The Polish writer Stanislaw Lem is best known to English-speaking readers as the author of the 1961 science fiction novel "e;Solaris,"e; adapted into a meditative film by Andrei Tarkovsky in 1972 and remade in 2002 by Steven Soderbergh. Throughout his writings, comprising dozens of science fiction novels and short stories, Lem offered deeply philosophical and bitingly satirical reflections on the limitations of both science and humanity.In "e;Summa Technologiae"e;--his major work of nonfiction, first published in 1964 and now available in English for the first time--Lem produced an engaging and caustically logical philosophical treatise about human and nonhuman life in its past, present, and future forms. After five decades "e;Summa Technologiae"e; has lost none of its intellectual or critical significance. Indeed, many of Lem's conjectures about future technologies have now come true: from artificial intelligence, bionics, and nanotechnology to the dangers of information overload, the concept underlying Internet search engines, and the idea of virtual reality. More important for its continued relevance, however, is Lem's rigorous investigation into the parallel development of biological and technical evolution and his conclusion that technology will outlive humanity.Preceding Richard Dawkins's understanding of evolution as a blind watchmaker by more than two decades, Lem posits evolution as opportunistic, shortsighted, extravagant, and illogical. Strikingly original and still timely, "e;Summa Technologiae"e; resonates with a wide range of contemporary debates about information and new media, the life sciences, and the emerging relationship between technology and humanity.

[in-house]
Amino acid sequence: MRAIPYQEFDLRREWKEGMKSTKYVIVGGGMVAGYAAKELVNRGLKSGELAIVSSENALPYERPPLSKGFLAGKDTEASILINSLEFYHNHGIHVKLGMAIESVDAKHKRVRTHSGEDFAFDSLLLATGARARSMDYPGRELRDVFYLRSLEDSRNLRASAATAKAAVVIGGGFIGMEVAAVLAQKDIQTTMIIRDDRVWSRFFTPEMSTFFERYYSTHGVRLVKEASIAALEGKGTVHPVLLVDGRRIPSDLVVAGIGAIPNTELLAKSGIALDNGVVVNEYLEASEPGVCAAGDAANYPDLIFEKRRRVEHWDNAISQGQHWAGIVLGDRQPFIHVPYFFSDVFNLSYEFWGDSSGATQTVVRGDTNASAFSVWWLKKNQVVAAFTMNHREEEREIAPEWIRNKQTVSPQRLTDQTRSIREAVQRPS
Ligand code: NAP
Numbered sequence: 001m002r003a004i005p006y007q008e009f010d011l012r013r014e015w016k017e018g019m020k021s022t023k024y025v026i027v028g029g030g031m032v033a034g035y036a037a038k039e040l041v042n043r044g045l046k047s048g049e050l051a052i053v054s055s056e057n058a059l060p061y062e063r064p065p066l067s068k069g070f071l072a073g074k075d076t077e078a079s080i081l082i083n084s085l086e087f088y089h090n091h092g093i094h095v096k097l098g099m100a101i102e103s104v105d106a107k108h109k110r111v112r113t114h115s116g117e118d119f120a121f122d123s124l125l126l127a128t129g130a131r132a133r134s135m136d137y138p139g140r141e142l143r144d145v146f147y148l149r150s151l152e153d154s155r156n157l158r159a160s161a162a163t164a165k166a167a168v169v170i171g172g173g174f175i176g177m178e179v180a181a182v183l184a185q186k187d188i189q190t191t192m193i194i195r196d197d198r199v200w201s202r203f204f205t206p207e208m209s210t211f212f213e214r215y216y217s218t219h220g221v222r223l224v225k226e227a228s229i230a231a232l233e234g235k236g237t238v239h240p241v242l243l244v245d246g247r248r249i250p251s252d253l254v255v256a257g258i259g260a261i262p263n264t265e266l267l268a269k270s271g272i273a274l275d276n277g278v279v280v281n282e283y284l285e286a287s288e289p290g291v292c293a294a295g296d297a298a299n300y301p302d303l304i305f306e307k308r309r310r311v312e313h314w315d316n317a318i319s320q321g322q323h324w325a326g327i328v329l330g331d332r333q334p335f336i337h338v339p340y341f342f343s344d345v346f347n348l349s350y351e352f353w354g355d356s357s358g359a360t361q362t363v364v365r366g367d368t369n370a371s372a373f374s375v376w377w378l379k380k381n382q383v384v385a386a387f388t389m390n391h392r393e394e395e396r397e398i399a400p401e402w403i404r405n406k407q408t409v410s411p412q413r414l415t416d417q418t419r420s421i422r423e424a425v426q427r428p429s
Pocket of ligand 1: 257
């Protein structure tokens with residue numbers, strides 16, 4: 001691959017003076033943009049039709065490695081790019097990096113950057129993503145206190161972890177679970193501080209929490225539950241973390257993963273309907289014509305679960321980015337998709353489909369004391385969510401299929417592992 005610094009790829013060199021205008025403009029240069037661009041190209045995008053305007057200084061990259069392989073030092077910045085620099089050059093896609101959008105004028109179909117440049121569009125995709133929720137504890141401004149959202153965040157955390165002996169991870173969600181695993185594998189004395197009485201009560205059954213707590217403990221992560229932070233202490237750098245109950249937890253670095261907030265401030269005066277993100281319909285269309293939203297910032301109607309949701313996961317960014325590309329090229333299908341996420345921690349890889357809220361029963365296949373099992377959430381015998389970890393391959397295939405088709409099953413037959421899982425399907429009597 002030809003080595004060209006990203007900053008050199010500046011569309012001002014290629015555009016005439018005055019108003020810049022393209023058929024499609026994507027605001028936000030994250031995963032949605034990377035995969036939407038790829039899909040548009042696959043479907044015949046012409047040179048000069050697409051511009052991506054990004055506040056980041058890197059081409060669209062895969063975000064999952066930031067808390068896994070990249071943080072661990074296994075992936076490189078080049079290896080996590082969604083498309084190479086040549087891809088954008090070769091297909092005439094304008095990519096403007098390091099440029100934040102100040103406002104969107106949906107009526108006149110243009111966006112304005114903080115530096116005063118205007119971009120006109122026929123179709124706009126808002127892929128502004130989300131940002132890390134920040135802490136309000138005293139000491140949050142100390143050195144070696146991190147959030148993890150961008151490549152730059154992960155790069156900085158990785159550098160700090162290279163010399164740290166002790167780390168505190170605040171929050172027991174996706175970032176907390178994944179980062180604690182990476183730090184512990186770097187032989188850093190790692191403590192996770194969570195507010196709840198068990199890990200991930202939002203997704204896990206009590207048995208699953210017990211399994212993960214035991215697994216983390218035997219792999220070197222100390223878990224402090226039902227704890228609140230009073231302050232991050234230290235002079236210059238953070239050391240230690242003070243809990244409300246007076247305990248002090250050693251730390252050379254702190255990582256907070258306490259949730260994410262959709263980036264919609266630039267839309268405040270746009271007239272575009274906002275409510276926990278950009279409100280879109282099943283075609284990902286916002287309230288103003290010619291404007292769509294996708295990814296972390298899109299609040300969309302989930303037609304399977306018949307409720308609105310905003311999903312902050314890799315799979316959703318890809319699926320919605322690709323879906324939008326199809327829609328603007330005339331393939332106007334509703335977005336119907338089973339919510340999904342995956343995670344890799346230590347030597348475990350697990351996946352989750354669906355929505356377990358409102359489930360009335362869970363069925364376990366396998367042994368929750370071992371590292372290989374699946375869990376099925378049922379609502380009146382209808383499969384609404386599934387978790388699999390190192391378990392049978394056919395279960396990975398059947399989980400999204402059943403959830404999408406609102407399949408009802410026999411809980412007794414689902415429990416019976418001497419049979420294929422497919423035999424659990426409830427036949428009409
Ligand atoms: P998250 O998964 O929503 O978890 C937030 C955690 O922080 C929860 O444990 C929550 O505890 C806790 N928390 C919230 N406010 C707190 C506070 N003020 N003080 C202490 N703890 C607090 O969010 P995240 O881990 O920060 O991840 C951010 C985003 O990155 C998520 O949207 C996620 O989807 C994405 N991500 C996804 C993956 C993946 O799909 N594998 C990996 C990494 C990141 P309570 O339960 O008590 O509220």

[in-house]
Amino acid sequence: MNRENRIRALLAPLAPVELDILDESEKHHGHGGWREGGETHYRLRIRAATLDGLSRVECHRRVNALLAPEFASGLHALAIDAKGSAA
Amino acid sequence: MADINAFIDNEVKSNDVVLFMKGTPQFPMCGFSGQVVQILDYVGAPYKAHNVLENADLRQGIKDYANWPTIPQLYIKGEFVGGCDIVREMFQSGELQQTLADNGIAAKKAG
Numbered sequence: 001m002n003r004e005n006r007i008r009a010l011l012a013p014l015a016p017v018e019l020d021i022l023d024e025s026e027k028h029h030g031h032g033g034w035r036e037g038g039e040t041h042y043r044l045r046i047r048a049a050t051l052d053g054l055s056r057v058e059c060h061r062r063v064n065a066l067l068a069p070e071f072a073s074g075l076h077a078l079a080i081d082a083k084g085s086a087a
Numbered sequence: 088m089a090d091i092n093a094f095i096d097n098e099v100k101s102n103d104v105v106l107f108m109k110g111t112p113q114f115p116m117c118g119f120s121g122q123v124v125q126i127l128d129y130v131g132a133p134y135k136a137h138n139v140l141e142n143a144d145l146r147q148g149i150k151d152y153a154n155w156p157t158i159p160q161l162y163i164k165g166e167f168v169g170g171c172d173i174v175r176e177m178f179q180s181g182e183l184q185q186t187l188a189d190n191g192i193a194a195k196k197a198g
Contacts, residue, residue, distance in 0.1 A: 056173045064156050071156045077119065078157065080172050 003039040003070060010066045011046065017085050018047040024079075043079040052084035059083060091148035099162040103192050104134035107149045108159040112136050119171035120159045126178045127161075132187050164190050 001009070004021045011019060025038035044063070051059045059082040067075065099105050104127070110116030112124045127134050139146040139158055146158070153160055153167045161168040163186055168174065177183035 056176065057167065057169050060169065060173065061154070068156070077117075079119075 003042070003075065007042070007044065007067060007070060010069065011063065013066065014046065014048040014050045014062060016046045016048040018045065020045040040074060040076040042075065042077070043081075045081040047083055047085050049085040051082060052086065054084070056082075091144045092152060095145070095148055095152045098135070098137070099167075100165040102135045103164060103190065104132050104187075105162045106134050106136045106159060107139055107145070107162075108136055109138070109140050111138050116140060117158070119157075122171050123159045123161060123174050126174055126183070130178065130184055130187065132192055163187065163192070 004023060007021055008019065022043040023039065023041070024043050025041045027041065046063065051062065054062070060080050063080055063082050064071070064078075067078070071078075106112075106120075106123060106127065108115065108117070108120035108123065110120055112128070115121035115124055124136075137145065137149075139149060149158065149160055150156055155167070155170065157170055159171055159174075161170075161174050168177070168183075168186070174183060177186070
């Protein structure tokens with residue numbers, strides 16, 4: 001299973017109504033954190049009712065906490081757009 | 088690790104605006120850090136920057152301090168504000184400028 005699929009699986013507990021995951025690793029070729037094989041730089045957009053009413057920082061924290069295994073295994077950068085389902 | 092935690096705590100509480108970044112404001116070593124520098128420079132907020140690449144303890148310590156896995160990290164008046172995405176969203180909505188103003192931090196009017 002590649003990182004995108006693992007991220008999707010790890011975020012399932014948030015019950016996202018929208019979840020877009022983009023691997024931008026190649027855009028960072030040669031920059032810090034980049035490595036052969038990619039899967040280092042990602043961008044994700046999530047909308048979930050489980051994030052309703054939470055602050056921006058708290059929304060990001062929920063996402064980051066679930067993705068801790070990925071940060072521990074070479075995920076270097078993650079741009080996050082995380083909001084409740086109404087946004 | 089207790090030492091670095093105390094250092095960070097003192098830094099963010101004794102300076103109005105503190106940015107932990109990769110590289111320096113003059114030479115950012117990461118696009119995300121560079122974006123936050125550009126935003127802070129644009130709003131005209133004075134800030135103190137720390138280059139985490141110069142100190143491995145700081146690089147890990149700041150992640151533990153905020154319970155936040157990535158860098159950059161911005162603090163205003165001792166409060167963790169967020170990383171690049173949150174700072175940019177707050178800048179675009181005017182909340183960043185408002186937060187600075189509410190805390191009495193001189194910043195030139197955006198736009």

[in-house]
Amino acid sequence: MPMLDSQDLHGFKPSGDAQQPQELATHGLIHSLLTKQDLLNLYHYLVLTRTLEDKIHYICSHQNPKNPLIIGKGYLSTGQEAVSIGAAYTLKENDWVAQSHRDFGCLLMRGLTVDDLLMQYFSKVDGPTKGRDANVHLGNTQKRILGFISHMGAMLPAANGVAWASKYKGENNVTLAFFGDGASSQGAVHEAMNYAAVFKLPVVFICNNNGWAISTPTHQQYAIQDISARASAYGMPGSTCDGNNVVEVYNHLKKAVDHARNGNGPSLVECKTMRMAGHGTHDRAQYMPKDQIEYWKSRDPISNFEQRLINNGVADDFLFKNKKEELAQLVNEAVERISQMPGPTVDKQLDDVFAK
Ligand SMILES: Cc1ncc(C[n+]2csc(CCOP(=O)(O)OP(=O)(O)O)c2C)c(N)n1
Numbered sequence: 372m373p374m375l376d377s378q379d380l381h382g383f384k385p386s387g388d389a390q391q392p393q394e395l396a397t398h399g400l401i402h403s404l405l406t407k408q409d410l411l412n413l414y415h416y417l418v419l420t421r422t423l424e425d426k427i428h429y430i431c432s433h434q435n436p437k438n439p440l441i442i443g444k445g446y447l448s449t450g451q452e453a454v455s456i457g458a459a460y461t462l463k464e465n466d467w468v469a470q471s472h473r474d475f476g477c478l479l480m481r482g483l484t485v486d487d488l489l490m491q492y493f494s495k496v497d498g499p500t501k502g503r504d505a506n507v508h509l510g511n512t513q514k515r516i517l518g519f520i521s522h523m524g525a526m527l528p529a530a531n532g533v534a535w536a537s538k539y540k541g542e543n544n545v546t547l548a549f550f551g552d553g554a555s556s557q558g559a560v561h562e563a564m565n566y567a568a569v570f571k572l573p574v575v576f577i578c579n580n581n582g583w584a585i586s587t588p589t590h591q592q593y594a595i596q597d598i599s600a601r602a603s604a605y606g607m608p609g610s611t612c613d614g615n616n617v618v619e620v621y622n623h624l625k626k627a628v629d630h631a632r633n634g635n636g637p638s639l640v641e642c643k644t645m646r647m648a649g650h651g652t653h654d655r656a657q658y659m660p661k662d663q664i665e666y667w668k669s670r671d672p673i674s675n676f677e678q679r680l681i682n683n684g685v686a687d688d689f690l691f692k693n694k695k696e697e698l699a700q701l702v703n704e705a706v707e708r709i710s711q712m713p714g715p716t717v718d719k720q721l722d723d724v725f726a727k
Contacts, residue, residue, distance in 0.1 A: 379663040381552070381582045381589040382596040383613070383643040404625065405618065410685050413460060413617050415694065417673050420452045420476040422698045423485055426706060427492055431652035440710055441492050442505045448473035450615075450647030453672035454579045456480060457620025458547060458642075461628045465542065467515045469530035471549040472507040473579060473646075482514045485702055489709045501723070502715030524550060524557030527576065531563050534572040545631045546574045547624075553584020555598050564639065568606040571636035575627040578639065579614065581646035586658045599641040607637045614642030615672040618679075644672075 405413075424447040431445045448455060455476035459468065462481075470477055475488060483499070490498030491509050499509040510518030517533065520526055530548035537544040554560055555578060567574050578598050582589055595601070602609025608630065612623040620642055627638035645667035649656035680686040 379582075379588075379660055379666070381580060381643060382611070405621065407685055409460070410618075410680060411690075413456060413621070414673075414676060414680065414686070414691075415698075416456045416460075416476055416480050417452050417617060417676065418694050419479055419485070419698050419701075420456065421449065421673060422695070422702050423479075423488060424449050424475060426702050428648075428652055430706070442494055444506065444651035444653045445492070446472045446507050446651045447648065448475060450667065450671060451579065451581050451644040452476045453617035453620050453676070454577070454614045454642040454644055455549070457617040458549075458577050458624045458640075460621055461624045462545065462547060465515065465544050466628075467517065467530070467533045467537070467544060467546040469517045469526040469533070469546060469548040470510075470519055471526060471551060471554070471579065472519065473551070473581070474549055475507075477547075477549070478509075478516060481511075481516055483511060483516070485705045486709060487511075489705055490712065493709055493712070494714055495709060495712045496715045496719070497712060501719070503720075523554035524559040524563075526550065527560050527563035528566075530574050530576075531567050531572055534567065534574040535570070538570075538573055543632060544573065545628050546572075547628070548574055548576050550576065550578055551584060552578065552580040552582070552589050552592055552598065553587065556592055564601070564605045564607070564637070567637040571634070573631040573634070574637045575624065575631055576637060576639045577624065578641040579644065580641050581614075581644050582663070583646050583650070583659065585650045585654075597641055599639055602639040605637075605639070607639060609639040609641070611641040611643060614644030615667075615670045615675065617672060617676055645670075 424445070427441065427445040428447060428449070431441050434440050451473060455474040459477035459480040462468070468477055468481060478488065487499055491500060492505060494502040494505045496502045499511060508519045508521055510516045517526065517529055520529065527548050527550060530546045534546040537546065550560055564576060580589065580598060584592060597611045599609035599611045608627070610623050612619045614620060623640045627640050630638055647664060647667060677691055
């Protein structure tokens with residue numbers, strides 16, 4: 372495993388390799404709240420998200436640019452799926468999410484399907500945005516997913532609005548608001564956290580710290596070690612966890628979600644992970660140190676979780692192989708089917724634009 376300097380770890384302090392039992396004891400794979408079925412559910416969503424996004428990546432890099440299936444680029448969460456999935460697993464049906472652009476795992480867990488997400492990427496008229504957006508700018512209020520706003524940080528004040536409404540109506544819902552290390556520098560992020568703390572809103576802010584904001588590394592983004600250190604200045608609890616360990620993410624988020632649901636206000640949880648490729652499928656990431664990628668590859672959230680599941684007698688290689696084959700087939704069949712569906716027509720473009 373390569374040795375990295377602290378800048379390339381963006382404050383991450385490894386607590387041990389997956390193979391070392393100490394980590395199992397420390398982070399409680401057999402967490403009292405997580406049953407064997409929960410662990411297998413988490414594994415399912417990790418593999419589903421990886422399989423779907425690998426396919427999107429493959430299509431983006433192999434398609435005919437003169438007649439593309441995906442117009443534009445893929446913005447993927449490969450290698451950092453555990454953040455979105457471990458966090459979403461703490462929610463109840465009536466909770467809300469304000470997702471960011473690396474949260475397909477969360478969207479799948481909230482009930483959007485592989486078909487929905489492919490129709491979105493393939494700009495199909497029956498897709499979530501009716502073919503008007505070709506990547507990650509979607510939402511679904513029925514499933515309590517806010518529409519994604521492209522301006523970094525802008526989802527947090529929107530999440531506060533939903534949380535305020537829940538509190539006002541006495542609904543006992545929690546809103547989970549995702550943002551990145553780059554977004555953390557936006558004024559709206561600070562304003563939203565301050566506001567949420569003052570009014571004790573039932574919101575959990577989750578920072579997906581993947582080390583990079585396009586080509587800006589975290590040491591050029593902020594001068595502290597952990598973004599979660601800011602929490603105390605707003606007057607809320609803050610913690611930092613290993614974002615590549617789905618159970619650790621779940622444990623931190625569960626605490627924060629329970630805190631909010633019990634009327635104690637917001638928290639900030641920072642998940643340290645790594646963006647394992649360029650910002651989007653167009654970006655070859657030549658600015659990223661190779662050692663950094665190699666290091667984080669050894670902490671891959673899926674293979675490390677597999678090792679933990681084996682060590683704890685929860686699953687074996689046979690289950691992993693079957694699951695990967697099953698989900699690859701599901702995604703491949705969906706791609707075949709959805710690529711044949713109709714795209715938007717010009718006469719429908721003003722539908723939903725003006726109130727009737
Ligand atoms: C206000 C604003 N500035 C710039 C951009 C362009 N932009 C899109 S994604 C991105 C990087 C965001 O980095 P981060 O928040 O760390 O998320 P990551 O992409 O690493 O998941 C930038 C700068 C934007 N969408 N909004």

University of Minnesota Press